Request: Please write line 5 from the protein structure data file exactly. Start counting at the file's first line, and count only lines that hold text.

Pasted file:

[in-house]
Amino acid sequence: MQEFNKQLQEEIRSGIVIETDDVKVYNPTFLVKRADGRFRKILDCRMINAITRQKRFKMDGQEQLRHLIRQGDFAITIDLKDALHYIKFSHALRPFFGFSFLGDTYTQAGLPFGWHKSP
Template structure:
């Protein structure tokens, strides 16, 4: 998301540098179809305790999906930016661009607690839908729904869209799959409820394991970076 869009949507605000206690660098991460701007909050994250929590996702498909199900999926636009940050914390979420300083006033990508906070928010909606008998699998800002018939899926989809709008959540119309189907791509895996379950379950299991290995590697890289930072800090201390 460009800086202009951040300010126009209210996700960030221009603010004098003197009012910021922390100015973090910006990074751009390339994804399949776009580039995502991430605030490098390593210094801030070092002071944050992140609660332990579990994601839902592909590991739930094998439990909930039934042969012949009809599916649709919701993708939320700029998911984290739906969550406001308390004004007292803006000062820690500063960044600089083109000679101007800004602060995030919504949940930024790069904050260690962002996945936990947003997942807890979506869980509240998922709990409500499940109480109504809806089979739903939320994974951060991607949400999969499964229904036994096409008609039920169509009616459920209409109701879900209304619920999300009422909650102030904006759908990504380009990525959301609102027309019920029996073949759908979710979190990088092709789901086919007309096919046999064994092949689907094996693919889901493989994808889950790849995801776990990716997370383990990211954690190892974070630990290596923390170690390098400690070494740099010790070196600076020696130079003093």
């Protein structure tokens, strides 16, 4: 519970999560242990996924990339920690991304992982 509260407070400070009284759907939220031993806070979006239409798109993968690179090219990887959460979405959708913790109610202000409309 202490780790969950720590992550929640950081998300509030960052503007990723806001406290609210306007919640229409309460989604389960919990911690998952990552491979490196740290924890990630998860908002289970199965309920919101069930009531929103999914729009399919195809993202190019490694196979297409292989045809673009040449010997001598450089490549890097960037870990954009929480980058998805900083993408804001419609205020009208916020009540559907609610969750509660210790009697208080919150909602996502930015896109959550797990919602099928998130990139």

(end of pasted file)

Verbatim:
């Protein structure tokens, strides 16, 4: 519970999560242990996924990339920690991304992982 509260407070400070009284759907939220031993806070979006239409798109993968690179090219990887959460979405959708913790109610202000409309 202490780790969950720590992550929640950081998300509030960052503007990723806001406290609210306007919640229409309460989604389960919990911690998952990552491979490196740290924890990630998860908002289970199965309920919101069930009531929103999914729009399919195809993202190019490694196979297409292989045809673009040449010997001598450089490549890097960037870990954009929480980058998805900083993408804001419609205020009208916020009540559907609610969750509660210790009697208080919150909602996502930015896109959550797990919602099928998130990139």